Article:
If you are a creative individual and thinking about launching your own project on the funding platforms, this post is right for you. If you stuck in the middle of an uneasy process putting yourself on Kickstarter or Indiegogo, I’ll give you some tips. The most important thing to keep in mind is an audience is looking for your personal voice. The best way to be heard is to master the video that will tell your compelling story. By doing this, you will become noticeable and single out your campaign from other kickstarters.
The story of your project will sound most powerful when you actually appear on the screen. Be brave. Put yourself out there.
Next thing, you need to prepare the outline of some main ideas about your project. Structure is important. Think about your video as a three act play with a striking beginning, intriguing middle point and unpredictable or funny end.
Joke around, it is cool!
Do not forget to present yourself at the start of your video and briefly describe your project. The flow does not need to be in any certain order. It is better if you include parts detailing the progress of your campaign (what has been done and what needs to be done).
Explain clearly how you want to spend the raised money (be specific). Sometimes originality helps.
For example, I liked how Ryan Koo said in his campaign to his audience that they are actually buying the frames of his future film. This makes you feel that you’re not supporting the individual but actually buying a tiny piece of his art.
Also, you may include a part, explaining what kind of rewards are in store for your backers. I would create at least seven items with a wide range of values. If your making a movie, do not include any item worth less than 5$.
A 1$ input is too little to make it real. You can show prepared rewards in your video or do as Rick Darge. In his video Rick points to the sidebar located next to the video in the direction of his rewards.
Lastly, you may tell your audience what is going to happen if you never reach your goal. To tie everything up, thank everyone for their support in your own way.
The rest is up to you. Just add some creative juice to your planned outlined structure.
I would suggest to simply write a two-three minute screenplay of yourself being a starring actor/actress. Timing yourself is a very important issue here. In my opinion, the video does not need to be more than 3 minutes long otherwise you risk losing your audience’s focus. Be interactive. What do I mean by this? Just use several soundtracks (be sure about copyright), add graphic design here and there, put some nice sequences of B-roll or present new crew members and let them speak for themselves.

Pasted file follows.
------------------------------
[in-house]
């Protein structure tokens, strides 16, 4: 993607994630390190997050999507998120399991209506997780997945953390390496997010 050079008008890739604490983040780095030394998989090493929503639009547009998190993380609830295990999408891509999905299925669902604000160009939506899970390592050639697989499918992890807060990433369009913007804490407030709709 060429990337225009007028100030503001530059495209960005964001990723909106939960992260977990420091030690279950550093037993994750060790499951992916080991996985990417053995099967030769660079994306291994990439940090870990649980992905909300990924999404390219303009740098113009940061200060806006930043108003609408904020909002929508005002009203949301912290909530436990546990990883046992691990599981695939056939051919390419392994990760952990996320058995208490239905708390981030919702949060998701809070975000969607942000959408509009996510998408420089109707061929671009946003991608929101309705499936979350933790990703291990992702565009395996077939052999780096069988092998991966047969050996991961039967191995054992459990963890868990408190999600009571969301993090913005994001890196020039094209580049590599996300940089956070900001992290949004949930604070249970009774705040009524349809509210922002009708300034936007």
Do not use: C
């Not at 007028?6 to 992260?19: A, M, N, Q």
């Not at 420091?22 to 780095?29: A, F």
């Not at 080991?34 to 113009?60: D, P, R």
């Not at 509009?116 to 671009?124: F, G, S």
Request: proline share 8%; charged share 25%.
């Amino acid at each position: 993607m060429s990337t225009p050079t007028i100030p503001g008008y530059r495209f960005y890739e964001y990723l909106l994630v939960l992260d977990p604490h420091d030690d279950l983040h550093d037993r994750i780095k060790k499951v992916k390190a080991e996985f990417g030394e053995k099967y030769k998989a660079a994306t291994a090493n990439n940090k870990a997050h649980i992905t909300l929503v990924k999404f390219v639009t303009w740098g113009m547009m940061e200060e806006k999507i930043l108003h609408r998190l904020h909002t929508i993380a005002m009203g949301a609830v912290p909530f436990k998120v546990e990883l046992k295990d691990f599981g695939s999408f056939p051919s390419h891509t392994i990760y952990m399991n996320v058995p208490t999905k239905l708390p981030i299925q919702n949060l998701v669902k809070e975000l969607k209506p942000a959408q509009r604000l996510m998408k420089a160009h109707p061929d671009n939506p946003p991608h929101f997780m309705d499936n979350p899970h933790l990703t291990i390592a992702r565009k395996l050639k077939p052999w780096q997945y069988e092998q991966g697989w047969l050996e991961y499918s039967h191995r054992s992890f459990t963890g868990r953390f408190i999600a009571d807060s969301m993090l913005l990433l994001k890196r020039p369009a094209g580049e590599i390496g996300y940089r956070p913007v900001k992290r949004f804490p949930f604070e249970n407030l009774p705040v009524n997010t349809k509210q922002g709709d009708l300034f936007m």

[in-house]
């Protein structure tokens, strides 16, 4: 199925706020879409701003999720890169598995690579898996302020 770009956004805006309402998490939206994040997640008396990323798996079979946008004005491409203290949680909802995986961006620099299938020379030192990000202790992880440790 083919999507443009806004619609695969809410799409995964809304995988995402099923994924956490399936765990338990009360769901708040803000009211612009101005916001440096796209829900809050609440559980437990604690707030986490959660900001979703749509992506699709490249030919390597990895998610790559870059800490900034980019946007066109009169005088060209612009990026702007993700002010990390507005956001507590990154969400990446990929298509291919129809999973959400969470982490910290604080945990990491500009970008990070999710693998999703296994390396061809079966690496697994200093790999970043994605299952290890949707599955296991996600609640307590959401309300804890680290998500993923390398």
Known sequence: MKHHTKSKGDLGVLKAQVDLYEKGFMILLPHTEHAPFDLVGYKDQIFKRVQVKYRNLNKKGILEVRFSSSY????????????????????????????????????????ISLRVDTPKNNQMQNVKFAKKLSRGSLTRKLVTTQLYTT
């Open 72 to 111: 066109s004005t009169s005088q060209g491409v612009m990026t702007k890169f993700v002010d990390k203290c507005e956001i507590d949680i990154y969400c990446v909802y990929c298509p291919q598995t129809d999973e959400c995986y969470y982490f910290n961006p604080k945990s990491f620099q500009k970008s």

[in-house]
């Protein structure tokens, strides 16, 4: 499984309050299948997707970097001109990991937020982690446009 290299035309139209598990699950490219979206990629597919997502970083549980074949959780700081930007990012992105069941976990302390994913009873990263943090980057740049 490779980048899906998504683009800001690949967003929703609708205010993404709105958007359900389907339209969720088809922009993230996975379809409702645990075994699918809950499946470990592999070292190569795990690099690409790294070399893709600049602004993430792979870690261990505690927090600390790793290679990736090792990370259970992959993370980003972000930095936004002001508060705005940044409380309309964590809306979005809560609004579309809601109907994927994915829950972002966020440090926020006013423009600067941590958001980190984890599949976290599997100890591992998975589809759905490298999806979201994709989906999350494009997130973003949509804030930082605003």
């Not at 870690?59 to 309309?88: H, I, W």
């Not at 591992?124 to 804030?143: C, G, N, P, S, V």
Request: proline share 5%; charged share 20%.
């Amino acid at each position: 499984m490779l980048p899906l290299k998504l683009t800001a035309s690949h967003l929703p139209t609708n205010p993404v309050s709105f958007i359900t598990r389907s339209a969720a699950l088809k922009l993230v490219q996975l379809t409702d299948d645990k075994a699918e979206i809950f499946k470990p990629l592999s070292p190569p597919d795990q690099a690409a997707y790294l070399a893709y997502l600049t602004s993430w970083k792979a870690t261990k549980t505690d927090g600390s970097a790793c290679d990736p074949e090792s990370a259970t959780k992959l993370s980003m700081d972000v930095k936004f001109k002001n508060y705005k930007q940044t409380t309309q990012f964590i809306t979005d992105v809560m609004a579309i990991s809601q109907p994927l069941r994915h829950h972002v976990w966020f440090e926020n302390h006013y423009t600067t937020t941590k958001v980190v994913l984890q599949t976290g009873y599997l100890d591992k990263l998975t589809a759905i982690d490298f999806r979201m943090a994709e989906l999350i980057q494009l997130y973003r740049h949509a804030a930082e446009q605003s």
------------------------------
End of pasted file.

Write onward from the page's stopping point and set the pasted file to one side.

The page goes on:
Sometimes it is important to switch your viewer’s attention to someone else – male/female/funny/serious, etc.
Write a few drafts of your screenplay and read it at loud to your friends or crew members. The feedback is extremely important. Notice the reactions and emotions on their faces. Is it what you want?
It is all about storytelling. If you picked your words and visuals just right it will provoke emotions and move not only your folks but everyone. At the very end, listen to all arguments about your final draft, go and make the last decision by yourself. Only your own intuition knows how to make it right! When everything is ready, it’s time to run. Go and shoot it!
Below I provided some links of previous Kickstarter videos that grabbed my attention. I tried to pick projects in different stages of their performance. It is always best to ask your audience for help while in postproduction but very often, in the real world we have to present our future movie with zero footage. At this moment, when we stay in front of our audience, we need to be credible, passionate, highly responsible, more than attractive and do not fool around. When inventing your masterpiece be more than a lovely face, my examples below might give you some extra help.
I’ll stop talking here and show you my favorite campaigns. Here is my selection:
I like Ryan’s Koo approach in this Kickstarter video. Koo – a one man band who created a story with himself having a funny dialogue.
To contrast, the strength of this next video “The Happiest Place” is in finished high quality footage with nice combination of interview and b-roll. I already want to see this movie because of its outstanding cinematography.
In her video, Jocelyn Towne, uses lots of surprises and therefore grabs the viewer’s attention. The members of the film’s crew, in my opinion, are presented in the most creative way.
Zen Dog’s video is a little bit too long but I appreciate Rick Darge’s sense of humor. I see his personal attitude every time he appears on his video. Hope you’ll enjoy it too. By the way, Rick is still running his campaign.
What I like about the last one is that Mauricio Baiocchi showed his audience around his studio. We are there, behind the scenes, which helps us explore a lot about this amazing cartoon.
Now it’s time to go and shoot!
Quick question: what other things (that I did not mention) that you think are important to consider when making your own video?